What are the symptoms?
Achilles tendinopathy symptoms generally develop gradually and include pain around the Achilles tendon and back of the heel. This pain is worse in the morning and decreases once you get walking and moving. The discomfort usually goes away during an activity and re-appears an hour or two after.
Why Does It Happen
Achilles injuries occur when the load placed on the tendon exceeds the tendons ability to withstand that load. Some factors that predispose to Achilles tendinopathy include:
- A sudden increase in activity
- Decreased recovery time between training sessions
- Change in footwear
- Excessive arch collapse
- Calf weakness/ tightness
- Decreased ankle range of motion
What is the treatment?
Not Just Rest & Ice!
Treatment involves addressing the factors mentioned above as well as increasing the tendon’s ability to withstand load. The common advice of resting and icing often won’t fix Achilles symptoms. Although a short period of rest and ice may be beneficial after an acute Achilles injury, it is not effective at getting rid of the injury long term. The pain will mostly go away with rest but as soon as you return to activity it will come right back unless we improve the tendon’s capacity for loading. So how can we increase the strength of the tendon? One of the most well-known and researched ways is by performing heel drops.
Dr. Alfredson accidently discovered that heel drops were beneficial in the 1990’s. His boss wouldn’t allow him to go for Achilles surgery because the clinic couldn’t afford to give him the time off and his condition wasn’t serious enough yet. In order to worsen his injury and get the surgery he attempted to aggravate his Achilles symptoms using heel drops. Instead of making his heel pain worse his symptoms disappeared, and he discovered a new treatment approach. His protocol involves performing 180 heel drops per day!
To perform the exercises:
Start on your toes on the edge of a step (A)
Slowly lower the heel on the injured leg (B), (C)
To return to the starting position use the uninjured leg or your arms for support. You should only be performing the lowering part of the exercise with the injured leg. This protocol was tested in a 12-week study where participants performed 3 x 15 repetitions twice per day with the knee extended, and another 3 x 15 repetitions twice per day with the knee flexed. Both exercises were performed 7 days per week. Be warned that it is common to have some pain and discomfort when performing the heel drops especially during the first couple weeks of performing this exercise. Although the exercises may be painful, they are very effective at strengthening the Achilles tendon and relieving symptoms long term.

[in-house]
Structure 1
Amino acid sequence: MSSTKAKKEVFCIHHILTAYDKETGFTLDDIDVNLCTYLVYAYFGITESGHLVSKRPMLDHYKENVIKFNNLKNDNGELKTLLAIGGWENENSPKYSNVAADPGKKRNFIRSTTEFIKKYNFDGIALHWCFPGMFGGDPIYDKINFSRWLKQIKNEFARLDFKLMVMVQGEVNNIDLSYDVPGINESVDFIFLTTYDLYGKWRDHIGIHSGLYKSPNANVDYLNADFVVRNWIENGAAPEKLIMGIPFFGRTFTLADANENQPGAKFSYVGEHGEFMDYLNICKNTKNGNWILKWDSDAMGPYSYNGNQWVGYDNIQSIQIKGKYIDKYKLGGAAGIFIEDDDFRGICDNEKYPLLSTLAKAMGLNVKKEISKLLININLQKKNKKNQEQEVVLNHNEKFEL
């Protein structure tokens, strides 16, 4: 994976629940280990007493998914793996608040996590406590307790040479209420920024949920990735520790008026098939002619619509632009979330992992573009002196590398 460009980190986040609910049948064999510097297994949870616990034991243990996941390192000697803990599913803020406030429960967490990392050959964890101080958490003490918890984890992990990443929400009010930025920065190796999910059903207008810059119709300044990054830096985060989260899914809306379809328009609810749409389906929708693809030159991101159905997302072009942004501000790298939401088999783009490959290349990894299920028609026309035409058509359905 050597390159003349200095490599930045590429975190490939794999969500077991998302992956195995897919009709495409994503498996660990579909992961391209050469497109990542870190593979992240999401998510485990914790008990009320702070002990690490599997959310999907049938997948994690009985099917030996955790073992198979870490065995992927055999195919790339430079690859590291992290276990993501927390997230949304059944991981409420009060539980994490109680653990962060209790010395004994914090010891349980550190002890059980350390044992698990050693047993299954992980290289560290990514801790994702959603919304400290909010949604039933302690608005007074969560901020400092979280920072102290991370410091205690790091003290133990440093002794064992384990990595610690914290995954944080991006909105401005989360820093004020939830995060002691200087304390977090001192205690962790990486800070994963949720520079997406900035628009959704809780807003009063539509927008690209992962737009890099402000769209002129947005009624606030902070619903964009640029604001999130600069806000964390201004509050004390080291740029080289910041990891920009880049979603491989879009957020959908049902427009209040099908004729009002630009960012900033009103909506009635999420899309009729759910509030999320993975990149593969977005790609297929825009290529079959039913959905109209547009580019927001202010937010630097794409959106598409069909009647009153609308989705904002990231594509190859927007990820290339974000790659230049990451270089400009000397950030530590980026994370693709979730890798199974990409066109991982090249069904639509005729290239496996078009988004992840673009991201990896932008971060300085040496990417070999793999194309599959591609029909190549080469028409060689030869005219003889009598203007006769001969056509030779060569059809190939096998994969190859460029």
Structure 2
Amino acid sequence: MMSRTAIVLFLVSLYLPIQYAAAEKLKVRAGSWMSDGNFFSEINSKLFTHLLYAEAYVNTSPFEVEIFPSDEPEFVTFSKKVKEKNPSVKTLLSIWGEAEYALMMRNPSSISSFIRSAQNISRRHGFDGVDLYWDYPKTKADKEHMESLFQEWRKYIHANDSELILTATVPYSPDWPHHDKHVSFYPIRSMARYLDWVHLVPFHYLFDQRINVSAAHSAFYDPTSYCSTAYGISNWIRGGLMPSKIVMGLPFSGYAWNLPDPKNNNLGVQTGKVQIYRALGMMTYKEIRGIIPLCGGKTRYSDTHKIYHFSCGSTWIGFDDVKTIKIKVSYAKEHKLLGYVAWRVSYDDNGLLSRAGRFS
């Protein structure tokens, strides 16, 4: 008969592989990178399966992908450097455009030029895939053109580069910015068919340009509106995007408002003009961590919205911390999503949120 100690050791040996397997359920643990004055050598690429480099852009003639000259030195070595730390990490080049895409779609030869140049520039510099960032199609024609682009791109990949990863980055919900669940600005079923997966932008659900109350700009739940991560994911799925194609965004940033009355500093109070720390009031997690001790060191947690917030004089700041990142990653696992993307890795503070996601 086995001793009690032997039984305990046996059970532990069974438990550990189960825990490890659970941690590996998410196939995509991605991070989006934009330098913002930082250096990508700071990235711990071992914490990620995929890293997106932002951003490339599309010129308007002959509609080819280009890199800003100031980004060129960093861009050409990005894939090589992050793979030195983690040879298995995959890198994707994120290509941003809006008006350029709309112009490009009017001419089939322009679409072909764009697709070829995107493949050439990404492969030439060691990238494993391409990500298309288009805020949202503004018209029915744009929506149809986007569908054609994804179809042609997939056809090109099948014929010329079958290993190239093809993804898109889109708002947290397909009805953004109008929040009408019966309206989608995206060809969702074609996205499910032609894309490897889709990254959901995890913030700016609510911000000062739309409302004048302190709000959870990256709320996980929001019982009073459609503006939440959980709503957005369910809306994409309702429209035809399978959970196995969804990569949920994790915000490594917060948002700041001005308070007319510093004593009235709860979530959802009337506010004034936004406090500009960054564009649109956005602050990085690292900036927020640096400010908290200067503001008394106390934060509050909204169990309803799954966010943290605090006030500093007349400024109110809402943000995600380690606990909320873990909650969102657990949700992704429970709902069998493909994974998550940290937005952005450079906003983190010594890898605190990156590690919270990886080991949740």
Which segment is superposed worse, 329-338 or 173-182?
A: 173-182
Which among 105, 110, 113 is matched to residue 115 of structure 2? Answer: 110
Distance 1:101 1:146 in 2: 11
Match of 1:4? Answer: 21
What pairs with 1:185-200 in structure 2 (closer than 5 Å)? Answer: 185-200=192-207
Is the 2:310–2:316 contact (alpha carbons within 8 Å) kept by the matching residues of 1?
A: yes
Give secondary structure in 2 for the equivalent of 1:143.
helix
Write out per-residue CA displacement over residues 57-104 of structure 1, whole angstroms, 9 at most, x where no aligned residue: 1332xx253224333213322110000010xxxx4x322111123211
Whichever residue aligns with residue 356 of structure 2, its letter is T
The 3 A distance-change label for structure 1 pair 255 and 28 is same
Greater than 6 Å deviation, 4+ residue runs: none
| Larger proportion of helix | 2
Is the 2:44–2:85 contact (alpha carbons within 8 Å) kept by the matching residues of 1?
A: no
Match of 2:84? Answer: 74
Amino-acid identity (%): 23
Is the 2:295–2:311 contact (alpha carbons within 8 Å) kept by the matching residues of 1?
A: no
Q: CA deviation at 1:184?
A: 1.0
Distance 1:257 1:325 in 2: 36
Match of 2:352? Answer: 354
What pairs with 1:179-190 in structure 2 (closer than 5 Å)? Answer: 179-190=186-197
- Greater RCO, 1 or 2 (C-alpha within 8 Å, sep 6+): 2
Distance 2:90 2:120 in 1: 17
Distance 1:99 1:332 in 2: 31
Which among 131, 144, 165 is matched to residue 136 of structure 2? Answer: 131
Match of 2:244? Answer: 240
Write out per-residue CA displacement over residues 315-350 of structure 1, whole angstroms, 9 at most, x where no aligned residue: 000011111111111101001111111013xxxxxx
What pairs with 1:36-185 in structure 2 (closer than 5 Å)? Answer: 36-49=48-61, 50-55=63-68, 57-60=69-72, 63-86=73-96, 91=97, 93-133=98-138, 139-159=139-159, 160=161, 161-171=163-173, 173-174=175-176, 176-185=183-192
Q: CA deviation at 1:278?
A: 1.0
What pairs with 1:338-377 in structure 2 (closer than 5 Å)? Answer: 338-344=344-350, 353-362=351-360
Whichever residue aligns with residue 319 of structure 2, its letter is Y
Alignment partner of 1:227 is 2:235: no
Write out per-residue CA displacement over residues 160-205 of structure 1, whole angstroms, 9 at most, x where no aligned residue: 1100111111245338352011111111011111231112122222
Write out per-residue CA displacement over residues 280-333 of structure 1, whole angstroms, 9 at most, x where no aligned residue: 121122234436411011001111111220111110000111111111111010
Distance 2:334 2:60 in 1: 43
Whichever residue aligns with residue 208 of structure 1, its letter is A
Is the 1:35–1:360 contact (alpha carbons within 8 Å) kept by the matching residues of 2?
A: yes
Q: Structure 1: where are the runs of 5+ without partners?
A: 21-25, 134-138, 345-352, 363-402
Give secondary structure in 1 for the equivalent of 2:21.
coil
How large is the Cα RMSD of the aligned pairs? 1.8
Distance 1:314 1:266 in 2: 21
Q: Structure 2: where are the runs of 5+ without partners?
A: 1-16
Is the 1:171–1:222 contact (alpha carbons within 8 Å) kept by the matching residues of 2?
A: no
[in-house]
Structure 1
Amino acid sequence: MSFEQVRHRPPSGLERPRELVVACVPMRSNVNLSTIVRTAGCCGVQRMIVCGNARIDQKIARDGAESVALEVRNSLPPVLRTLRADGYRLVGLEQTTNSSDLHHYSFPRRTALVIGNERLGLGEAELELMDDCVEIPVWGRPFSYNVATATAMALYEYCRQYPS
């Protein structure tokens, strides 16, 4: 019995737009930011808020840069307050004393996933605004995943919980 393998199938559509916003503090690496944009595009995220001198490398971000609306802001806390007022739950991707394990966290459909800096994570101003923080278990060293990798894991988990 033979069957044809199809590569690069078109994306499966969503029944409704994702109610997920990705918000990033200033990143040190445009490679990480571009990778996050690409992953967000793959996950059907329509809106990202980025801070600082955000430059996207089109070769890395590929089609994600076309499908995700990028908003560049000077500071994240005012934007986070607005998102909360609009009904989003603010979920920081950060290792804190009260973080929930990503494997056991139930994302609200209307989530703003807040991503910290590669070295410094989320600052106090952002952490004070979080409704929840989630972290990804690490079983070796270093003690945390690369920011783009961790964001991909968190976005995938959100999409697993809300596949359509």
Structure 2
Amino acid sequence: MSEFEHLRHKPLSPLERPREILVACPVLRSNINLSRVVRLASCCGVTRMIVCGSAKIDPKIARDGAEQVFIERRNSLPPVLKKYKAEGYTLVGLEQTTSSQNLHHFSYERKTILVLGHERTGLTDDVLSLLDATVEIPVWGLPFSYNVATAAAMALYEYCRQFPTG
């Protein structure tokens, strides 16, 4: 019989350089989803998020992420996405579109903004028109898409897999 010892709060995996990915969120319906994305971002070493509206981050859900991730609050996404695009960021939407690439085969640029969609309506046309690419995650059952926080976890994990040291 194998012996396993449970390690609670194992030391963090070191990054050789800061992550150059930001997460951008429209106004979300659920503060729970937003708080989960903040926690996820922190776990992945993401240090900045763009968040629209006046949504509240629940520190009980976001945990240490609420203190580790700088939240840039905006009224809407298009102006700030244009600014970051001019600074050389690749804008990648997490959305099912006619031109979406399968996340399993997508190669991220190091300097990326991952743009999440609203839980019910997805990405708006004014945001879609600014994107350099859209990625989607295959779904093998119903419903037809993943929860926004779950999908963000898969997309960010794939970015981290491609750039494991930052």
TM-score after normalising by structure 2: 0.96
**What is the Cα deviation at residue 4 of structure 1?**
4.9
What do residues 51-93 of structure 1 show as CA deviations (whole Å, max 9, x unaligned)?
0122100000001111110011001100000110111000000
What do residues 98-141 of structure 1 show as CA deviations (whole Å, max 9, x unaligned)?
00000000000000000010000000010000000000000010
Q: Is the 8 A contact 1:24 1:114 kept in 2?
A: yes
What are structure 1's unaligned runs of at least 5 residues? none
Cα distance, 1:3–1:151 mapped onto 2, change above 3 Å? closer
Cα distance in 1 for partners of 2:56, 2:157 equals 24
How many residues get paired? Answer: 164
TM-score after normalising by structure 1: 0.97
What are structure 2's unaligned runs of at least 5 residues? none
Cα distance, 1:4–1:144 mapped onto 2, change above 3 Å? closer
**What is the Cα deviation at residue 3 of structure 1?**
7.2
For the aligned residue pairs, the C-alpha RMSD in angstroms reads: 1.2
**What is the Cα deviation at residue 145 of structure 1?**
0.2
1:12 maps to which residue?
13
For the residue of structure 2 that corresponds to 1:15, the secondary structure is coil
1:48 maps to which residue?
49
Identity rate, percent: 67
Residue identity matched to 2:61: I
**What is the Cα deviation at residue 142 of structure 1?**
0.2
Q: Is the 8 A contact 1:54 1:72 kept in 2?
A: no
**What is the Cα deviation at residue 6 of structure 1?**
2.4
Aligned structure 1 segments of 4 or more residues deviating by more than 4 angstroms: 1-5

The results of Dr. Alfredson’s study showed that:
“82% of patients who performed the heel drops went back to their previous level of activity where as only 36% of those doing regular heel raises were able to do the same.”
If you are dealing with chronic Achilles Tendonopathy that doesn’t seem to go away… you’ve tried resting, icing and anti-inflammatories… and every time you return to activity the heel pain returns, it may be time to try a different approach. The Alfredson protocol is an effective way to load the Achilles tendon, improving its strength and resiliency for long-term health and recovery.
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Thanks for reading!
Alfredson H, Pietila T, Jonsson P, Lorentzon R. Heavy‐load eccentric calf muscle training for the treatment of chronic Achilles tendinosis. Am J Sports Med. 1998;26(3):360‐66.
Brukner, P. (2012). Brukner & Khan's clinical sports medicine. North Ryde: McGraw-Hill.